If the New Hampshire Democratic presidential primary were held today, the results would be disastrous. That is, at least as far as representative democracy is concerned.
A new YouGov poll released by the University of Massachusetts Amherst shows that New Hampshire primary voters are split between the deluge of candidates seeking the Democratic nomination for president. Joe Biden ranks first at 28 percent, Bernie Sanders follows at 20 percent, and the rest of the field garners anywhere from 1 to 14 percent.
The problem does not concern the frontrunners. Rather, it is the fact that 43 percent of voters favor a candidate polling below 15 percent of the vote. (9 percent of voters remain completely undecided).
Treating 15 percent as a magic metric, at first glance, appears bizarre. But in the Democratic presidential primary, reaching 15 percent is critical.
The Democratic presidential primaries award delegates proportionally. If a candidate wins 40 percent of the vote, he or she is entitled to at least 40 percent of the delegates. Compared to a strict winner-take-all system—one that would award all the delegates to the candidate with the most votes—this method is quite representative.
Here’s the catch: In order to qualify for proportional allocation of delegates, a Democratic candidate must surpass 15 percent of the vote. If a candidate wins 14.9% of a state’s primary electorate—a significant tally in a fractured field—to paraphrase a line from Seinfeld, no delegates for you. (The candidate(s) reaching the threshold receive bonus delegates to offset votes excluded from delegate allocation.)
Thresholds serve a valuable role. Without them, delegates would be splintered among far too many candidates, leading almost certainly to acontested or even brokered convention. As far as the party is concerned, a convention in flux should be avoided at all costs. Yet, as illustrated, in a historically crowded primary, thresholds could potentially disenfranchise the majority of voters. And due to the threshold, there would be no meaningful difference between placing third (with 14%) versus last (with 1%) if the YouGov survey held steady.
Make no mistake, the New Hampshire primary is a year away. Joe Biden and Beto O’Rourke haven't even declared—and may never do so. Voter preferences will no doubt fluctuate. In fact, the YouGov poll shows a sizeable number of undecided voters, and 82 percent of respondents suggested they would be open to voting for another candidate. Moreover, candidates who haven’t had much time to develop name recognition could consolidate the non-delegate-eligible vote, and others may simply drop out of the race, freeing up voters. In sum, much could and will likely change.
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But assuming this undemocratic situation will naturally resolve—or at least mitigate—itself is imprudent, especially for a party that now prides itself on championing democracy reform. Settling for potentially tens of thousands of wasted votes in the first-in-the-nation primary would justifiably warrant accusations of hypocrisy.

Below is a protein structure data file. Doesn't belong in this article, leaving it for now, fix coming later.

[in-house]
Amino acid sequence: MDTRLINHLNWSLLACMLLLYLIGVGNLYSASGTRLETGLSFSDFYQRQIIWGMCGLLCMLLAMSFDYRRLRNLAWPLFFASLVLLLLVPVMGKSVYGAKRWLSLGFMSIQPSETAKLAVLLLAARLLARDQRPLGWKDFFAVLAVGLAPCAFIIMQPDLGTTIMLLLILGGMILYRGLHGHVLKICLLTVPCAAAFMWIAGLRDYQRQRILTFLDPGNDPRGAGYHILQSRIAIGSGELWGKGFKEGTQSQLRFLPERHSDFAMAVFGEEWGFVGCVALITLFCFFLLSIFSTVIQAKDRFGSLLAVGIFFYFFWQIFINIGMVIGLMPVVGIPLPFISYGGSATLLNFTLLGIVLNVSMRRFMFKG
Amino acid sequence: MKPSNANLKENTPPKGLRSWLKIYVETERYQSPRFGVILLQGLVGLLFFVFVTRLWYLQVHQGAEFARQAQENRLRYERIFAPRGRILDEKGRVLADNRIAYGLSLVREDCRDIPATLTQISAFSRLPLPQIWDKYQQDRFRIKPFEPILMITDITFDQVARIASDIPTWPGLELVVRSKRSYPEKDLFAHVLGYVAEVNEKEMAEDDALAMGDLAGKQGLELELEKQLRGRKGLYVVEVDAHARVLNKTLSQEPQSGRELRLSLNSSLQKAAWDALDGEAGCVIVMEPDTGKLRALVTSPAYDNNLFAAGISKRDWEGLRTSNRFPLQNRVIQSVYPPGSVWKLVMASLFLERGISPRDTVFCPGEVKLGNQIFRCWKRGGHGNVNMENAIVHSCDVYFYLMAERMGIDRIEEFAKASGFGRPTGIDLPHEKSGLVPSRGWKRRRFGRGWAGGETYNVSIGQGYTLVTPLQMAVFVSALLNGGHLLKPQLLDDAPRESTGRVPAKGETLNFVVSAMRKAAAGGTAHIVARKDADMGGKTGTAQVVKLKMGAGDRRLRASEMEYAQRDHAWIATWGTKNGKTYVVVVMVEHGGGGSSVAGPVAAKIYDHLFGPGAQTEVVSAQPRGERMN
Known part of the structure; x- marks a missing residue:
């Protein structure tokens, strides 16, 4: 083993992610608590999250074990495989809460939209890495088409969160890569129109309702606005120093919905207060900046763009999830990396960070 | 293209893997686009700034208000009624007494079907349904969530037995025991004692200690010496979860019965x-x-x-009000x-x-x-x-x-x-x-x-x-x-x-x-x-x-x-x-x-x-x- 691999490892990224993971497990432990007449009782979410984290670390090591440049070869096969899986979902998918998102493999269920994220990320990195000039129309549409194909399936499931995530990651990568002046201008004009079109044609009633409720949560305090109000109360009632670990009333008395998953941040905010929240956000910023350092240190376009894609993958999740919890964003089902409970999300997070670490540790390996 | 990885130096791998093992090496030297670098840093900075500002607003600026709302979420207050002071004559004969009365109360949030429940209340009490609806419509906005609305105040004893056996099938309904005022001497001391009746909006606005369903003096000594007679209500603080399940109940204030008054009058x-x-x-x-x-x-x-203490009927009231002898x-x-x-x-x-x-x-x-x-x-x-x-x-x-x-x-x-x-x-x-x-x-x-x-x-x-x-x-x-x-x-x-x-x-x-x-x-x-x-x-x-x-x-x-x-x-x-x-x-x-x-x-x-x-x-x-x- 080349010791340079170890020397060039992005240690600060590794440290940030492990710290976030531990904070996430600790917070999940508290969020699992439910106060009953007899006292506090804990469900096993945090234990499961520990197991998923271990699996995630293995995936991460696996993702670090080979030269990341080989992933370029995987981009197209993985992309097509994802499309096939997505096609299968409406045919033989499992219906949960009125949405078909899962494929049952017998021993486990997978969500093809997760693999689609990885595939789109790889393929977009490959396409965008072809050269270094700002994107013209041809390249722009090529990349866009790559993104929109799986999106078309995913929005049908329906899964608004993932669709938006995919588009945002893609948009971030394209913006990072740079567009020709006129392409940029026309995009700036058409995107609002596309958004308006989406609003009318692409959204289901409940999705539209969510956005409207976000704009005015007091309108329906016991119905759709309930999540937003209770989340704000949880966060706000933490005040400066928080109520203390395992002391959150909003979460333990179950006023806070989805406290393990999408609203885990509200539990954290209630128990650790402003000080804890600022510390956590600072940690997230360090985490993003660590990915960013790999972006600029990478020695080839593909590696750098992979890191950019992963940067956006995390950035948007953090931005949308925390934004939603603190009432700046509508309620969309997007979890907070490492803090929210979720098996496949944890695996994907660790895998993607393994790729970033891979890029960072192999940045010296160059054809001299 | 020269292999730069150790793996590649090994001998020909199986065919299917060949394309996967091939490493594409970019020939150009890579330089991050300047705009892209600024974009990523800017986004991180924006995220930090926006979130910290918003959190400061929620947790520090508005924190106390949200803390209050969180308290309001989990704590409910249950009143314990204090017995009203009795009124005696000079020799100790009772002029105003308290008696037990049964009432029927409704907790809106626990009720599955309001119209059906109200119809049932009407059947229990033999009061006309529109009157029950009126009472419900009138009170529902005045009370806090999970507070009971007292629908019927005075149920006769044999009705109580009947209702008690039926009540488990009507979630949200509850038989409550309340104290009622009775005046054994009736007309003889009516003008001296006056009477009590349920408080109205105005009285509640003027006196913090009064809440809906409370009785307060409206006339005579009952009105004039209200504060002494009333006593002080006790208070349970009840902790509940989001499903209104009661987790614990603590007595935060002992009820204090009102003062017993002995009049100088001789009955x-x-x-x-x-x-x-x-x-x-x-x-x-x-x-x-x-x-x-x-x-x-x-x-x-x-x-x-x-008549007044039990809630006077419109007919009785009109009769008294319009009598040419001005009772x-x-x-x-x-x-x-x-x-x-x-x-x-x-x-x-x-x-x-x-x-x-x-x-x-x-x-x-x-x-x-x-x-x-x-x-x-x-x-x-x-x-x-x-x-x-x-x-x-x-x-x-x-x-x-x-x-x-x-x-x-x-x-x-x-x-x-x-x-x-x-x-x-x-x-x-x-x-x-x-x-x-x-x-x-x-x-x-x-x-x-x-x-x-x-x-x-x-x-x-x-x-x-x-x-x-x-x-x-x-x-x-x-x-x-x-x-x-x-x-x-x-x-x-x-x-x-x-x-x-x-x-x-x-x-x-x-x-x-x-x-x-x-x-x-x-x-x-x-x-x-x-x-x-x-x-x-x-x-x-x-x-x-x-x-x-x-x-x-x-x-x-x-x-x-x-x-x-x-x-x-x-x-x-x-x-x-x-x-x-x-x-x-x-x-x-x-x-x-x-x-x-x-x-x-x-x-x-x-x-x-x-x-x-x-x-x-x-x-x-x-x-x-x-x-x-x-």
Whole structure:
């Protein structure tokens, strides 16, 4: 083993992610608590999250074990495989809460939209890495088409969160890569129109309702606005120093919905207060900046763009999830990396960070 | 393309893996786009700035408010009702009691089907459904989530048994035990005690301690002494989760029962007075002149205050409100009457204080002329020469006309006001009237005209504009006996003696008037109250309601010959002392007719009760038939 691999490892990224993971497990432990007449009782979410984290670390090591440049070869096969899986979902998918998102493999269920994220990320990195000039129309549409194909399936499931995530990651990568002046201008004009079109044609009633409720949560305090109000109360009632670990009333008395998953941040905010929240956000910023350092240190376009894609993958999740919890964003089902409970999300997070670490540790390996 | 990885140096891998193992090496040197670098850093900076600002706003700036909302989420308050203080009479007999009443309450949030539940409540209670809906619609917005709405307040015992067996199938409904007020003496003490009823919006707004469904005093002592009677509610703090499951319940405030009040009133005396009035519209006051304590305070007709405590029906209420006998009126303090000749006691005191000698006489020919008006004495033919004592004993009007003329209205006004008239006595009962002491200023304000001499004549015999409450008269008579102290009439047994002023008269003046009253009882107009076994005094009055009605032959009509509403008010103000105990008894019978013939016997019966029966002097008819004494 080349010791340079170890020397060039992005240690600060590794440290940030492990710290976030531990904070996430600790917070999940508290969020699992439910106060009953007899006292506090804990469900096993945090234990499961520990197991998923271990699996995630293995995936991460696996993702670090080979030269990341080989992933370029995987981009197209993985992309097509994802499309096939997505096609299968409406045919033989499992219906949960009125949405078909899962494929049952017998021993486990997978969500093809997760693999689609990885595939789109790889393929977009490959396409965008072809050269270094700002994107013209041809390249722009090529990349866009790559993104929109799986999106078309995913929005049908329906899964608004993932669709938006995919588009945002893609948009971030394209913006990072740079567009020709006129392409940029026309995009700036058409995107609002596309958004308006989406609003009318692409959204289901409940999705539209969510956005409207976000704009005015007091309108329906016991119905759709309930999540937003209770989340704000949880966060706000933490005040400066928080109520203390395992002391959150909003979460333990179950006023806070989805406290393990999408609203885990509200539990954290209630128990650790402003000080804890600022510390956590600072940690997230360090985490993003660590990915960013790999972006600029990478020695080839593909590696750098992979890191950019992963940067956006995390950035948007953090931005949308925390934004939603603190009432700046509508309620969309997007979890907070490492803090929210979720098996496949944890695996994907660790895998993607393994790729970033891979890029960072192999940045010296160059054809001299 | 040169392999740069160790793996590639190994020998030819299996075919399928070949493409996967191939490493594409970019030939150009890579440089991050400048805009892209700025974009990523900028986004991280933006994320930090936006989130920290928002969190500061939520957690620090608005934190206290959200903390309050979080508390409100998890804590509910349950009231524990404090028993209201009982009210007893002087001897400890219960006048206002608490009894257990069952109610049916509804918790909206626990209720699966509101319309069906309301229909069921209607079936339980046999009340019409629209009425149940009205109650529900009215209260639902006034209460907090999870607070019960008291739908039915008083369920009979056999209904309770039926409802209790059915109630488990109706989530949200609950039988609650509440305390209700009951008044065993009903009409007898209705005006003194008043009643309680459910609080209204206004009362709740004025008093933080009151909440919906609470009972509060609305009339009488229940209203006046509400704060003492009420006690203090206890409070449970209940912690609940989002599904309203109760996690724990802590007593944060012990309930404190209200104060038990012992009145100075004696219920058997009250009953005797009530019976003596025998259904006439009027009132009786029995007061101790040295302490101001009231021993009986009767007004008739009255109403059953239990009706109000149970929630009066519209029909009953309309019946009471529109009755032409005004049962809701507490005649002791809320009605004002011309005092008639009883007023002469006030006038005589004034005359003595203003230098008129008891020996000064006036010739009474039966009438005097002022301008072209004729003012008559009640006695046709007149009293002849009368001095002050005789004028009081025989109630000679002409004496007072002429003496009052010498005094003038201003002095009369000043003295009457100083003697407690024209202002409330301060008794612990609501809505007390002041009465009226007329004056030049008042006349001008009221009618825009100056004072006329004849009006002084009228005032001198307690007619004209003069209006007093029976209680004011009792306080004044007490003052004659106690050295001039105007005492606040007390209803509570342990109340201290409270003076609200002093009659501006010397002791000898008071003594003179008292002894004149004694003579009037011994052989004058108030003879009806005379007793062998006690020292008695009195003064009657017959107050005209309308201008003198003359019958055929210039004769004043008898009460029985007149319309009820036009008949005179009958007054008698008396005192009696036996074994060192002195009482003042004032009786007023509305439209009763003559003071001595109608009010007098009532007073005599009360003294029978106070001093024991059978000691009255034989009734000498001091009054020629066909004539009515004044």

Luckily, as with many flaws in our democracy, the solution is both simple and easily implementable: ranked choice voting (RCV).
RCV in the presidential primary would allow voters to rank candidates in preferential order. If one or more candidates fail to reach the delegate threshold, their votes would be reassigned—starting with the lowest vote-getting candidate—according to voters’ subsequent preferences. This process would continue until each remaining candidate has surpassed the delegate threshold. With that, there would be virtually no wasted votes.
Ranked choice voting in the presidential primary is an idea whose time has come. In Iowa, the state Democratic party has included the use of ranked choice voting for up to five candidates in its proposed enhancement of the caucus system. A similar legislative effort is underway in Maine. Just last week, Maine Senate President Troy Jackson introduced LD 1083 to give voters the ability to rank their choices in both the presidential primary and the general election in 2020.
And in New Hampshire, a presidential primary RCV bill may soon be introduced in the State Senate. Earlier this year, NH State Representative Ellen Read introduced a separate RCV bill that generated noticeable public support in the House, but did not garner enough votes to pass.
Ultimately, there is still time to adopt ranked choice voting for the 2020 presidential primaries. But the clock is ticking. The Democratic Party should therefore signal to state lawmakers and party leaders that RCV would be welcome. Likewise, presidential candidates could bring much-needed attention to the idea by publicly supporting it.
Reforming the presidential primary will not be easy. But Americans should not settle for a broken primary process. Our democratic values are too essential to compromise.